Sal uses arrays and repeated addition to multiply. Created by Sal Khan.
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- hi sal, ive learnt soo much from you, I'm not that good with math but after joining khan academy I know how to multiply 10s, 100s, ect. add, subtract, and decimals, but I am really struggling to memorise the multiplication table, any tips?(73 votes)
- What if you have 0 group(20 votes)
- Why learn multiplication other ways? Like, it's harder memorizing other stratedies
why not just stick with one?(1 vote)
- if you know other ways,then it will be easier to figure the answer. For example,if one person knows long multiplication and another person knows long multiplication AND a mental strategy, the second person will be more successful in math because he knows a mental strategy,which makes the question easier to figure out.(2 votes)
- Is division the inverse of multiplacation?(1 vote)
- How do I study my multiplication tables?(1 vote)
- You could try setting out a grid of questions and answers on graph paper, so that you number the squares from 1 to 12 going down the left side of the paper and across the top. Then you can fill in the open squares based on multiplying the number on the far left of the row and the number at the top of the column. Practice with the grid and then occasionally try to recreate the grid from memory until you can do it all.(1 vote)
- How do you know which number represents the groups and which number represents how many groups?(1 vote)
- It's the same number, but Crazy Donutz's question is reasonable,. In real life it may matter. If you have 5 packet of biscuits with 6 biscuits in each, you can share the biscuits equally between 6 friends only if you open the packages. It is only for exercises with text that it will matter, though, and there you will be told what you need to know.. A typical example is an exercise where you need to find how many liters of paint you need to buy when you can only buy full liters, and each liter covers a certain number of square meters. In this example you usually end up buying more than you need for the paint job..(1 vote)
- so addition and multiplication are similar in a way. but what about subtraction and division? do they have some relation with each other like the others?(1 vote)
- No, multiplication is the opposite of division, and thats the only relation I know about division
sorry if this didnt help(1 vote)
- Does multiplication have reminders?(1 vote)
- Multiplication between two whole numbers cannot have a remainder. The remainder is a unique property of division. If I ask you how many times does 3 go into 14 (i.e. what is 14/3) you could say that 3 goes into 14 4 times. But 3*4 is only 12. Therefore the remainder of the quotient is 2. There is nothing analogous to this in multiplication.(1 vote)
- what if you don't know how to skip count by 8 than what do you do?(1 vote)
- Remember that 8 is the same as 2 groups of 4. (8 = 2 x 4) If you can't count by groups of 8, try counting by groups of 4. If that is still too hard, try counting by groups of 2 and work your way up to counting by larger numbers.(0 votes)
- how is multiplication like repeated addition(1 vote)
- If you do: 7 + 7 + 7 + 7 = 28
you get the same result as 4 x 7 = 28
Multiplication is shorthand for repetitive addition.(1 vote)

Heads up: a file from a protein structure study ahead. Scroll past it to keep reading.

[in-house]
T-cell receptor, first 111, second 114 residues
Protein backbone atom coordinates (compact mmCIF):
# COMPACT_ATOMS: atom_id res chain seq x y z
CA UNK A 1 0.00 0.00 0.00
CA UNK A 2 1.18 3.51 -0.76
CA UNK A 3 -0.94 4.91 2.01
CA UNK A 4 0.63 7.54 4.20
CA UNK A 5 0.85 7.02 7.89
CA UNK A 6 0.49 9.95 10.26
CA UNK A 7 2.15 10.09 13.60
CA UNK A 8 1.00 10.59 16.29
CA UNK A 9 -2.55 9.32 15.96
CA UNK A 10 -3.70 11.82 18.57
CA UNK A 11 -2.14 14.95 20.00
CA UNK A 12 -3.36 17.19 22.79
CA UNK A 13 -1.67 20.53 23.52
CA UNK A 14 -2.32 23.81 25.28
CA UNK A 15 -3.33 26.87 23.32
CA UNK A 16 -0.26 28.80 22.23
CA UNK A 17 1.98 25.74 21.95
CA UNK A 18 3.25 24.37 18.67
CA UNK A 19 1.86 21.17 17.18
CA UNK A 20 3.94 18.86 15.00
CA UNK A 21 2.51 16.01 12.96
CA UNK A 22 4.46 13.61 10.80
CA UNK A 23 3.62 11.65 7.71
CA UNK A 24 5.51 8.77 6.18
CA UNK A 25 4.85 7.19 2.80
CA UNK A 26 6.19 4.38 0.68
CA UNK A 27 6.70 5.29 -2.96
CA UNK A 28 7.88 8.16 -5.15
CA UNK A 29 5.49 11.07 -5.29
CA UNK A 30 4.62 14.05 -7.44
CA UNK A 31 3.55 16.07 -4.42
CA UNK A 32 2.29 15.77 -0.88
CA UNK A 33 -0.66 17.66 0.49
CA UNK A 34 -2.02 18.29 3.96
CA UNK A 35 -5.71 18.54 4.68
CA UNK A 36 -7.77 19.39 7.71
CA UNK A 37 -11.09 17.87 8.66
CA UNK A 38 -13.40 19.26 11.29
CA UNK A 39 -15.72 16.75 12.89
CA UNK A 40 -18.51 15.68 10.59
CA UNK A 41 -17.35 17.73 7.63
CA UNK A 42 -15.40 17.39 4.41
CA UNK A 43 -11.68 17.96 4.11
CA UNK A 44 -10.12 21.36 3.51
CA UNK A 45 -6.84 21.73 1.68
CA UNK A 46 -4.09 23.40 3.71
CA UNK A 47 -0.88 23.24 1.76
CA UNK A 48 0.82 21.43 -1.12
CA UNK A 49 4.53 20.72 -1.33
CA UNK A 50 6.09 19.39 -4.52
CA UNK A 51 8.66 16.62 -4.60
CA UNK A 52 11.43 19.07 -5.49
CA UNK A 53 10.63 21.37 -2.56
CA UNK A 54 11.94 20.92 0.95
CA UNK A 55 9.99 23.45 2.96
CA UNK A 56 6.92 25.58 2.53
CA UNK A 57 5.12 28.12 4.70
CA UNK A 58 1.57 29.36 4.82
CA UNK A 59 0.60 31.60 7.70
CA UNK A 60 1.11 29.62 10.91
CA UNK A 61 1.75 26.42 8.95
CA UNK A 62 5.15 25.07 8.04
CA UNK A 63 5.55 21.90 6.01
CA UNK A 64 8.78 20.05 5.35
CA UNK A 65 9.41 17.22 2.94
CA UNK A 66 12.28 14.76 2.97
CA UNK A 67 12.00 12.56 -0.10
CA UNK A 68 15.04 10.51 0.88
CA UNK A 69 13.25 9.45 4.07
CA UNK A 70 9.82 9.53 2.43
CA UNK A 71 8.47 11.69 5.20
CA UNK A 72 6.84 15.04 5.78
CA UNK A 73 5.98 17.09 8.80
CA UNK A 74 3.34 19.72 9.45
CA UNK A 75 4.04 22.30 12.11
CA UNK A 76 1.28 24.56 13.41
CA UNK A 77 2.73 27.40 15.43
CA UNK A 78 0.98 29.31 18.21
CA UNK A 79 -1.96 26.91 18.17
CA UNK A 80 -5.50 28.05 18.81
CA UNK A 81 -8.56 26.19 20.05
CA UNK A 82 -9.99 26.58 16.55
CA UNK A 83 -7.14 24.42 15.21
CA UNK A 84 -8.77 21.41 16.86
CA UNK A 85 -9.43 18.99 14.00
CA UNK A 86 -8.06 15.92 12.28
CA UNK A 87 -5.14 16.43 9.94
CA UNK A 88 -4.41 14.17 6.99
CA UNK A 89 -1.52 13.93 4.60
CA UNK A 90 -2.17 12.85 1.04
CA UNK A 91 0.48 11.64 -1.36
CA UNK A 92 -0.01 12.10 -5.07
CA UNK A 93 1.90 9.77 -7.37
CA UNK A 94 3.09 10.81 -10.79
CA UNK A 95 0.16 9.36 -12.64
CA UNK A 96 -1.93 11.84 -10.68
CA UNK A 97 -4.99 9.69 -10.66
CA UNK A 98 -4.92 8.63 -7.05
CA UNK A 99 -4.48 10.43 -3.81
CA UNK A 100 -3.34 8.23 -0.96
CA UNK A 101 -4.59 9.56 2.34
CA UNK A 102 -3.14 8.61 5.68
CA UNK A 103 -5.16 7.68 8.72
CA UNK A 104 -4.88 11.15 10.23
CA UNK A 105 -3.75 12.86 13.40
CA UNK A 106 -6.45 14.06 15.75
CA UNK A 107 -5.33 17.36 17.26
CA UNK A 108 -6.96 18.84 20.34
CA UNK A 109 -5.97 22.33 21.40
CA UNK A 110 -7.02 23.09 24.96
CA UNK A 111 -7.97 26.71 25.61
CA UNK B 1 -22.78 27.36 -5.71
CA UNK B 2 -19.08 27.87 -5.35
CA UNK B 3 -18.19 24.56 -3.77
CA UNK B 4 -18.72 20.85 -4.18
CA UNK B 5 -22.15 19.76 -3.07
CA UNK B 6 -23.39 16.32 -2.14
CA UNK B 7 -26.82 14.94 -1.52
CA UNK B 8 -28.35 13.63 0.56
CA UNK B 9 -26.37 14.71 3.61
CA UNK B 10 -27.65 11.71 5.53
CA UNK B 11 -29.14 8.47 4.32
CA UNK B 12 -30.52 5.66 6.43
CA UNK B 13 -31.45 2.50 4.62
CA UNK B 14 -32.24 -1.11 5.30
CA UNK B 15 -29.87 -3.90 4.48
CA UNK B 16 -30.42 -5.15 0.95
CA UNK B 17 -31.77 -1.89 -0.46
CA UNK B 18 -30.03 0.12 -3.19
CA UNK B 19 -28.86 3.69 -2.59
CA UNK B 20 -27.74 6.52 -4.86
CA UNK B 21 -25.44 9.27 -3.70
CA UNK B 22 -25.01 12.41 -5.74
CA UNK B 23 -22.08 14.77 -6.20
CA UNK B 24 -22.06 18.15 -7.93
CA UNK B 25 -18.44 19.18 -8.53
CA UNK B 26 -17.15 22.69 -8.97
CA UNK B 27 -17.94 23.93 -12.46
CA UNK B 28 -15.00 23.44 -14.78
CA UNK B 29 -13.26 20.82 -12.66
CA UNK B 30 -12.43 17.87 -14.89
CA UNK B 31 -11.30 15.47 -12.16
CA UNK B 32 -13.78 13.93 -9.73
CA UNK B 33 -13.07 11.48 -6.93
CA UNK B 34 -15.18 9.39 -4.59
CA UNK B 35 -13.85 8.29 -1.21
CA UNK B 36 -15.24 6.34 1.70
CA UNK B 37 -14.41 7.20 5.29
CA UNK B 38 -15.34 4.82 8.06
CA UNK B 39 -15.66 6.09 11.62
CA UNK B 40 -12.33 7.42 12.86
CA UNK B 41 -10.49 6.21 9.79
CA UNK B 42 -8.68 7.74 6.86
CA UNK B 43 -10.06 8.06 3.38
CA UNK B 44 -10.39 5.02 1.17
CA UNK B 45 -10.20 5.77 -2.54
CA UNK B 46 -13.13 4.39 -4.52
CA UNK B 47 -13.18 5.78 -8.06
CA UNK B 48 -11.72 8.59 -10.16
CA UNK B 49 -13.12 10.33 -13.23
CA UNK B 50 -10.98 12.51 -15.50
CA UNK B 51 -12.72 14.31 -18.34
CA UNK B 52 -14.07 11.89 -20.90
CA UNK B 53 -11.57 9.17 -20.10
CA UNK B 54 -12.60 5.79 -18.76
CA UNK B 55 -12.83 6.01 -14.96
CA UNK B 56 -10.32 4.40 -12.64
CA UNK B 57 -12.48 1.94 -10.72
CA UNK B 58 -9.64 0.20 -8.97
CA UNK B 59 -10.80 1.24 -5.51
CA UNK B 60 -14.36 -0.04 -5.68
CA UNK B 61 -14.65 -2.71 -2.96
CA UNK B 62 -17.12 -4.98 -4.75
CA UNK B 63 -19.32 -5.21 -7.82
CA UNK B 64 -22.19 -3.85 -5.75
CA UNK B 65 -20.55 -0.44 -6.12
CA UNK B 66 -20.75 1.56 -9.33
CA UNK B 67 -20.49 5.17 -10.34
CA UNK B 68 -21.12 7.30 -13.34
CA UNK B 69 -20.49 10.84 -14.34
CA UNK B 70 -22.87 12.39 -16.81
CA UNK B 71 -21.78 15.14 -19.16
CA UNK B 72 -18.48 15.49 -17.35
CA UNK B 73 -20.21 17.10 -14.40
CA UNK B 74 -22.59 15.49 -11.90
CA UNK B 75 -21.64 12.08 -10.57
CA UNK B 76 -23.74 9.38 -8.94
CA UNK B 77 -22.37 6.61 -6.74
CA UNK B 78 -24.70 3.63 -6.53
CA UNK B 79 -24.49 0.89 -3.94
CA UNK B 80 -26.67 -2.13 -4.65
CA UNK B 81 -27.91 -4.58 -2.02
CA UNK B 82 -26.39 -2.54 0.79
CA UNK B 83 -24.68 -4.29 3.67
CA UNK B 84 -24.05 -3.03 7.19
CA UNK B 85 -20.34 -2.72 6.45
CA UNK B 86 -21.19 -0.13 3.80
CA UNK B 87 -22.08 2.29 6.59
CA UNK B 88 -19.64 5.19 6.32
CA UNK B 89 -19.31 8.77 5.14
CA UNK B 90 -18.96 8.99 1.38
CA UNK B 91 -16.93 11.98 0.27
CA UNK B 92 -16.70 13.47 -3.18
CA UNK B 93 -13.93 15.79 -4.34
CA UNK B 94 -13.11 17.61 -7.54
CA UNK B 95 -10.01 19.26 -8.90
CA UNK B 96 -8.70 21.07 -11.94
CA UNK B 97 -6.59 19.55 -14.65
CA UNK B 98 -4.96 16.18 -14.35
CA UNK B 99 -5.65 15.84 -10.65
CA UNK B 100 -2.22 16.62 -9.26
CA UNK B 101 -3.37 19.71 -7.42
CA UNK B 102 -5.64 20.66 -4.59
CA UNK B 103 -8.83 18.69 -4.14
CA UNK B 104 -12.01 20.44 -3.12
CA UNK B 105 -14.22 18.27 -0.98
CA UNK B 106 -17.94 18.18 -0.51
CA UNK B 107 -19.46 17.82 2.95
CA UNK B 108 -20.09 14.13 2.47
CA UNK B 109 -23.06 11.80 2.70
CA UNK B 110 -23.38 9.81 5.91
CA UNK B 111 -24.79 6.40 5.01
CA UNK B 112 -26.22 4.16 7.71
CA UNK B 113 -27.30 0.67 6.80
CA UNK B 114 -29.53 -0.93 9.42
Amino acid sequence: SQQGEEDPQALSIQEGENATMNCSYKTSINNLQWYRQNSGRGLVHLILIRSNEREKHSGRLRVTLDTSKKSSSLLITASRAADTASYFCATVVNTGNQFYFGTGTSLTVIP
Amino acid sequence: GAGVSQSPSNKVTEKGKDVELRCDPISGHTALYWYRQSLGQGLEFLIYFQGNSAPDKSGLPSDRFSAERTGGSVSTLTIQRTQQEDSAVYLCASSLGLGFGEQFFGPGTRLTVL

If we have 2 groups and in each group I have 4, so that's one group of 4, and then here is my second group of 4, we already know that we could write this as 2 times 4, which is the same thing as 4 plus 4. Notice I have two 4's here. I have 4 plus another 4. Well, if I have 4 plus 4, or if I have 2 groups of 4, either way, I'm going to have a total of 8 things. And you see that right over here. We have 1, 2, 3, 4, 5, 6, 7, 8 things. What I want you to do is pause the video now and try to group these same 8 things, but to group it in other ways so that we can represent 8 as the product of whole numbers. Here I've represented 8 as the product of 2 and 4. 2 times 4 is 8. See if you can represent 8 as the product of other whole numbers, or as whole numbers in different ways, grouping it in different ways. So I assume you've paused the video. So let's try it out ourselves. So one thing we could do, we could view this instead of as 2 groups of 4, we can view 8 as 4 groups of 2. So that's 1 group of 2, 2 groups of 2, 3 groups of 2, 4 groups of 2. So we could write that 4 times 2 is equal to 8. And we could view this as the same thing as, literally, 4 2's. We have one 1, 2, 3, 4 2's. Each of these have 2 in them. So we're going to say 1, 2, 3, 4 2's. 2 plus 2, plus 2, plus 2 is equal to 8. These are both equivalent. 4 times 2, literally 4 groups of 2. That's the same thing as taking 4 2's and adding them together. Notice, we have 2 2's right over here. We added them together, 1, 2. Here, we have 4 2's and we're adding them together, 1, 2, 3, 4. We take our 4 2's and we add them together. How else could we represent 8? Well, we literally could view it as 8 groups of 1. So let's do that. So 8 groups of 1 would look like this. That's 1 group of 1, 2, 3, 4, 5, 6, 7, 8. So we could write this down as 8 times 1. 8 times 1 is, once again, equal to 8. And if we wanted to write this down as repeated addition, well, this is literally 8 1's. So 1 plus 1, plus 1, plus 1, plus 1, plus 1. Let's see. That's 1, 2, 3, 4, 5, 6, 7, 8. 1, 2, 3, 4, 5, 6, 7, 8. 1 plus 1, plus 1, plus 1, plus 1, plus 1, plus 1, plus 1 is equal to 8. Now, you might be a little stumped. Well, what's another way of getting to 8? Well, you could literally view it as 1 group of 8. So let me view it that way. So this is just 1 entire group of 8, the whole thing. The whole thing is a group of 8. So let me scroll over to the right a little bit. We could write this down as 1 times 8. And 1 times 8 is equal to 8. And how would we view that? Well, we only have one 8 now. We don't have to add that one 8 to anything else. So if we wanted to do it the way we've done the last few, we could literally write it down as we just have one 8. Well, one 8 is clearly going to just be equal to 8. So now let me ask you another question. So far we've been focused on each of these groups, but what if we actually view this as 4 groups of 8. Then how many things are we actually going to have? So let me make this very clear. So we have 1 group of eight 8, 2 groups of 8, 3 groups of 8, and 4 groups of 8. So we would view this as 4 times 8, or which is going to be the same thing as 8 plus 8, plus 8, plus 8. 4 8's. What is this going to be equal to? A And I encourage you to pause the video and figure it out right now. Well, there's a couple of ways that you could have thought about this. You could have literally just counted these. Or you could say, well, let's see, you can skip count by 8. 8, 16, 24, 32. Or you could have said, 8 plus 8 is 16, plus 8 is 24, plus 8 is 32. Or you could have literally just counted the triangles here.